During these unprecedented times, working remotely has become the new standard for many businesses. While having a virtual workplace can be beneficial, it can also expose individuals and companies to the dangers of cybercrime. In fact, cybercrime is being committed at an alarming rate during the COVID-19 pandemic, according to INTERPOL, as criminals take advantage of the security vulnerabilities being exposed in the new work-from-home environment.
Cybercrimes are committed by criminals that con their victims into sharing personal information. These criminals use various methods to trick individuals, such as spoofing tactics, intimidation, and the impersonation of trustworthy people. When people fall for these scams, criminals gain access to sensitive information and can steal an individual's identity.
Identity theft can have lasting, damaging effects on finances, medical records, and even mental health. When someone assumes another’s identity, it can ruin their reputation. Here are some ways that identity theft can cause harm:
- Insurance information may be stolen and used for medical services, leading to the policy reaching the maximum payout.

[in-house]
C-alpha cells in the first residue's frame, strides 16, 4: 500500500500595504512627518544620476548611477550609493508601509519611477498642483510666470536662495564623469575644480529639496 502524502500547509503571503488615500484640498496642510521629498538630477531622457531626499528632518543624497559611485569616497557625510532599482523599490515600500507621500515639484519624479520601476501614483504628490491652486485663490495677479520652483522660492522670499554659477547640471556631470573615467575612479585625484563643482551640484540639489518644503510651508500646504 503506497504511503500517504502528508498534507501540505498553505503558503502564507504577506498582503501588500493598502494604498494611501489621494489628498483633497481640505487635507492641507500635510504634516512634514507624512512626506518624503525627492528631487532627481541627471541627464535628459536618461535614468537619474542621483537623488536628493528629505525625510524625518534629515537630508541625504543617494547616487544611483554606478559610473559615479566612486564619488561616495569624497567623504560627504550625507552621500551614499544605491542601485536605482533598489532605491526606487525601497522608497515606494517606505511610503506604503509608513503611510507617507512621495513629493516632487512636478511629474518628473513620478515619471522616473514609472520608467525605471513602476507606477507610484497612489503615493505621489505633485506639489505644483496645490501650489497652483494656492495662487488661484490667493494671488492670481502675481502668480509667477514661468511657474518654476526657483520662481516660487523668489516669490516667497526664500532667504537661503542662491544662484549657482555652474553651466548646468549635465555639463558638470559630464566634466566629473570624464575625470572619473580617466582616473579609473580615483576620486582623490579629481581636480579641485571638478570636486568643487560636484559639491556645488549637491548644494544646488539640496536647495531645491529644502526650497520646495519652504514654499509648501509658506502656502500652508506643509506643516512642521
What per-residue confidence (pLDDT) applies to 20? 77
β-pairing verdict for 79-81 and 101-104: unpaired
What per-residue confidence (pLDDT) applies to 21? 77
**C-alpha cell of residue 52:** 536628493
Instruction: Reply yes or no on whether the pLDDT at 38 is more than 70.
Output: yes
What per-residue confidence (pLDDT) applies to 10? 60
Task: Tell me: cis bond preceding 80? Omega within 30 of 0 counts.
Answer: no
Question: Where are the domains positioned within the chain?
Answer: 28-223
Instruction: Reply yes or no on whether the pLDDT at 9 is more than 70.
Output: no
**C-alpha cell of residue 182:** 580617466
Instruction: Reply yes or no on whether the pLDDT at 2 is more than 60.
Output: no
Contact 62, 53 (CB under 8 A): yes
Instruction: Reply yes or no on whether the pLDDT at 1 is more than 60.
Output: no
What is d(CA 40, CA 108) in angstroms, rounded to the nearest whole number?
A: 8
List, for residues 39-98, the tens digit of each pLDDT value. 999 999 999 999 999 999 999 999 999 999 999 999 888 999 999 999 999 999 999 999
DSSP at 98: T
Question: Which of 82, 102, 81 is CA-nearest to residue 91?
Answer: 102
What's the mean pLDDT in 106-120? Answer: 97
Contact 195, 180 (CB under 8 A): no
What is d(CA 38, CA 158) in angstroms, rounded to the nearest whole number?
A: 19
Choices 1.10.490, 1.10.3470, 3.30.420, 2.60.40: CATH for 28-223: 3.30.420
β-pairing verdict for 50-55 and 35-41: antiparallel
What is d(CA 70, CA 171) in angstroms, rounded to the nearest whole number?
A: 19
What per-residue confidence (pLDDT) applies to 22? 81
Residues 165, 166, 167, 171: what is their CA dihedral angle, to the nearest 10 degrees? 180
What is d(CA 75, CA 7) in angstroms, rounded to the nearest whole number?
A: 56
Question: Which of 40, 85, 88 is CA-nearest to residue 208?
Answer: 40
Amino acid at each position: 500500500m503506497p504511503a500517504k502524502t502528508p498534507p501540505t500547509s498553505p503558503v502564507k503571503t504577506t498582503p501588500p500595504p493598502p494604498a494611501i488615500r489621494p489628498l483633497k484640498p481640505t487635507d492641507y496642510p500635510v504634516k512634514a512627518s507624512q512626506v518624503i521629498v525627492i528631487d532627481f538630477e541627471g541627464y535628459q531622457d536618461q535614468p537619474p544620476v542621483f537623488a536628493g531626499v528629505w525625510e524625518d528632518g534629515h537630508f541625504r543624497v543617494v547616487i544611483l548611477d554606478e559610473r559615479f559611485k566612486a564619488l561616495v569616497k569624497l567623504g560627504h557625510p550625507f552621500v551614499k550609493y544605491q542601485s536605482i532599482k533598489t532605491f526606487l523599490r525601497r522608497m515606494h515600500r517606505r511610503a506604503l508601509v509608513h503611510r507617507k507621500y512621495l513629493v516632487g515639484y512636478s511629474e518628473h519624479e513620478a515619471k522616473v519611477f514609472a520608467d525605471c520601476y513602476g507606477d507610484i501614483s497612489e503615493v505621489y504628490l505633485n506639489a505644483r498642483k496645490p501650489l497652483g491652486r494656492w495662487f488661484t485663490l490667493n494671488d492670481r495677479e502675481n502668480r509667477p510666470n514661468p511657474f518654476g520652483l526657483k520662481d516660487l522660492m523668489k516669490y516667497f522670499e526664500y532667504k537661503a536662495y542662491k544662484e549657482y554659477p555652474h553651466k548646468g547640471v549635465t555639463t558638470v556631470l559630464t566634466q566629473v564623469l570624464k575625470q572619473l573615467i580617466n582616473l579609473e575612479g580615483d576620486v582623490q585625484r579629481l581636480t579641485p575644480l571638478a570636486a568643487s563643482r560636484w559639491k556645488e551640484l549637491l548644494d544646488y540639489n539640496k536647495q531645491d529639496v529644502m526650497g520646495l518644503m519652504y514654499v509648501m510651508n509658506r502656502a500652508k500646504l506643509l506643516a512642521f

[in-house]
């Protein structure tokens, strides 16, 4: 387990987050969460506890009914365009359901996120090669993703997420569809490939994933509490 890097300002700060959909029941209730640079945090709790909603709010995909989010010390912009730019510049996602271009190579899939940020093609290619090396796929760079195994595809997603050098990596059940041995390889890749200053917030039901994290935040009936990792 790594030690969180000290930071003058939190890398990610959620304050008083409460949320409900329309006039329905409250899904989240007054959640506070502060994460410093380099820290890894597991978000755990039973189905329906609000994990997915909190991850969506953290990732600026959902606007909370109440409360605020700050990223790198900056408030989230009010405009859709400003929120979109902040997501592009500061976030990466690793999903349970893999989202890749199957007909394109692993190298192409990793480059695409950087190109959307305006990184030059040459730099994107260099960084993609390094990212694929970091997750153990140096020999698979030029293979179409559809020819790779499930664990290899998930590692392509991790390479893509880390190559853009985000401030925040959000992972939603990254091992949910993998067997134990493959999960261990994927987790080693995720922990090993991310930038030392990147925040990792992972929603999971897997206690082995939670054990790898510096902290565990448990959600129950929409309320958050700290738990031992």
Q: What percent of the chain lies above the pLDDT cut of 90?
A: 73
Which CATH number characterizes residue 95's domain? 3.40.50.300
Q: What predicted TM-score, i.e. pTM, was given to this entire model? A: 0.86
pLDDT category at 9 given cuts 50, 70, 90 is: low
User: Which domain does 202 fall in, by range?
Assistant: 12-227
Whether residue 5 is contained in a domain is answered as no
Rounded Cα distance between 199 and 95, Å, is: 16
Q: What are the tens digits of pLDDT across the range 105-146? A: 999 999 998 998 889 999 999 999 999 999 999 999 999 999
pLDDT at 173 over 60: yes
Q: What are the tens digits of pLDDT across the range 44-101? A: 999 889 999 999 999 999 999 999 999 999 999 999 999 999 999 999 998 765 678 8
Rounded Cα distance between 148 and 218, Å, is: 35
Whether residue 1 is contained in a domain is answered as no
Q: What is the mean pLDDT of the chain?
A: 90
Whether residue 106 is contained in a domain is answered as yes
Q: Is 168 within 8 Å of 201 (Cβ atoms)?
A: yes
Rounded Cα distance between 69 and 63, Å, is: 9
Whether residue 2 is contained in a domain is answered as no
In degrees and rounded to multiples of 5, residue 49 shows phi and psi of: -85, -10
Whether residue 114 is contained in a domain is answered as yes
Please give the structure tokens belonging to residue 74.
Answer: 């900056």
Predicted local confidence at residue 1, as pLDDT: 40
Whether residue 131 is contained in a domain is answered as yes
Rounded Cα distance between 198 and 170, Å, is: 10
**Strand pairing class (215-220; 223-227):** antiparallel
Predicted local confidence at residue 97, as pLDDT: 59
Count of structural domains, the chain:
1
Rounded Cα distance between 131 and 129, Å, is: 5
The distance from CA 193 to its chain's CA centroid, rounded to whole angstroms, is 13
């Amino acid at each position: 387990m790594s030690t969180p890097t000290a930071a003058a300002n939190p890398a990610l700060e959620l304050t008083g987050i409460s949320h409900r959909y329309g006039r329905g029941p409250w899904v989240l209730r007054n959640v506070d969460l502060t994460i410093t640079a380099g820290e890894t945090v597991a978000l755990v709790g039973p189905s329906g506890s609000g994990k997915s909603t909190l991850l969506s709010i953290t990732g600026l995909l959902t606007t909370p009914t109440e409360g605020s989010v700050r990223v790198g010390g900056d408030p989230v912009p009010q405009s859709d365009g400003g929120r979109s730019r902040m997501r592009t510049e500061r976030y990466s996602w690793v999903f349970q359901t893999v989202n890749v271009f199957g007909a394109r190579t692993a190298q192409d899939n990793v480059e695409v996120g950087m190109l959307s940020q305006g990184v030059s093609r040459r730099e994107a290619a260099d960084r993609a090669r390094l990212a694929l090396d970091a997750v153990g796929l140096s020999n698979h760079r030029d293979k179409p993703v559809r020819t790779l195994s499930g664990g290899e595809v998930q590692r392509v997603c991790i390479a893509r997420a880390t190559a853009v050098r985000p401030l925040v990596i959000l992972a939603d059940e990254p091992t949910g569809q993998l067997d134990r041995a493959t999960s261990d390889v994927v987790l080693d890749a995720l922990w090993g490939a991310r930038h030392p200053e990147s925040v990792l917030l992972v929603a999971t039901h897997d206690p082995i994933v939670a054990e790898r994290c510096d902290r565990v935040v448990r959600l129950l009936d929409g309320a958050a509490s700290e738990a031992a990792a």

- A social security number can be used to open new credit accounts or apply for a loan, tanking the victim's credit score.
- Worse yet, crimes may be committed using a stolen identity, leaving the victim with a criminal record.
Now, more than ever, it is important to remain alert when using a computer or smartphone. According to phoenixNAP, in 2019 an organization fell victim to ransomware every 14 seconds.
Don’t become the next victim! Use these Tips to Avoid Falling Victim to Cybercrimes:
- Shred or tear up personal financial documents before discarding them.
- Minimize the number of cards and identifying information you carry, especially your social security card and passport.
- Do not print personal identifiers and only use them when absolutely necessary; avoid writing your social security number, date of birth or driver’s license number on checks.
- Only reveal information online when the website is securely protected (look for a yellow padlock symbol in the corner of your computer screen).
- Do not provide personal, financial or any other identifying information to a telephone caller.
- Be sure to ask why they are calling, what the information will be used for and then get their name and telephone number to check and see that the caller is legitimate.
- Carefully review all monthly credit card statements and check for unauthorized use.
- Pay attention to your credit card billing cycles, as identity thieves may reroute bills to another address to hide criminal activities involving your accounts.
- Get a copy of your credit report at least once a year to check for possible errors.
During National Cybersecurity Awareness Month, the National Insurance Crime Bureau (NICB), will be sharing tips like these and more to keep our members and consumers ahead of the curve.